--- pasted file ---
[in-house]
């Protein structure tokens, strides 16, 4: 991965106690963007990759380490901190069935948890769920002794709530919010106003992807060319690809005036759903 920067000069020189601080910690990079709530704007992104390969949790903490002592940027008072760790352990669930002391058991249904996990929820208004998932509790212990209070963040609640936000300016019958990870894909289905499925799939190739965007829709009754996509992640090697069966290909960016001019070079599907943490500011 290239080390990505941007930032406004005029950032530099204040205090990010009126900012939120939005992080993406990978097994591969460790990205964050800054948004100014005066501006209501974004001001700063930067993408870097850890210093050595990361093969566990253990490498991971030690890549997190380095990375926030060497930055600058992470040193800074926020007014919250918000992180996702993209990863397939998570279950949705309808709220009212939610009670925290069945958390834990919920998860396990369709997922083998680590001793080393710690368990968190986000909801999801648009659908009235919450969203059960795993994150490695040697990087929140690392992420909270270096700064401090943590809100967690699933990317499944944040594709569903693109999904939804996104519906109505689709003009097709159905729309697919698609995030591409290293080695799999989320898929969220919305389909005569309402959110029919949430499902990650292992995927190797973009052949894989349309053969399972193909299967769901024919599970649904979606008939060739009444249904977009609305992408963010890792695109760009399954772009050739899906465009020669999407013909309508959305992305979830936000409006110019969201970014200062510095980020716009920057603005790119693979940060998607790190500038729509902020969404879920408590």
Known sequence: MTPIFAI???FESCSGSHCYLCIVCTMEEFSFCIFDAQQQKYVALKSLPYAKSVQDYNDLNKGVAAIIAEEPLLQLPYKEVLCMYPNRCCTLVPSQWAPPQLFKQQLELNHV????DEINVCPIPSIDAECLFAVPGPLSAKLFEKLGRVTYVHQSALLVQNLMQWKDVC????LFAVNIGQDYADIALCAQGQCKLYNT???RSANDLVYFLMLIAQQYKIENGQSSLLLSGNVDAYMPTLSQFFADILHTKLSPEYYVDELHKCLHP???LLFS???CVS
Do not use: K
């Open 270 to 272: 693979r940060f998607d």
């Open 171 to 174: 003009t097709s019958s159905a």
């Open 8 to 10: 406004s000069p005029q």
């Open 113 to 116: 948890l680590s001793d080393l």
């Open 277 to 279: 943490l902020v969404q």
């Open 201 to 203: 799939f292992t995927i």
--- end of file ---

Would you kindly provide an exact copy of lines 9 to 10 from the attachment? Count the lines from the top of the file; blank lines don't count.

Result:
């Open 277 to 279: 943490l902020v969404q």
């Open 201 to 203: 799939f292992t995927i």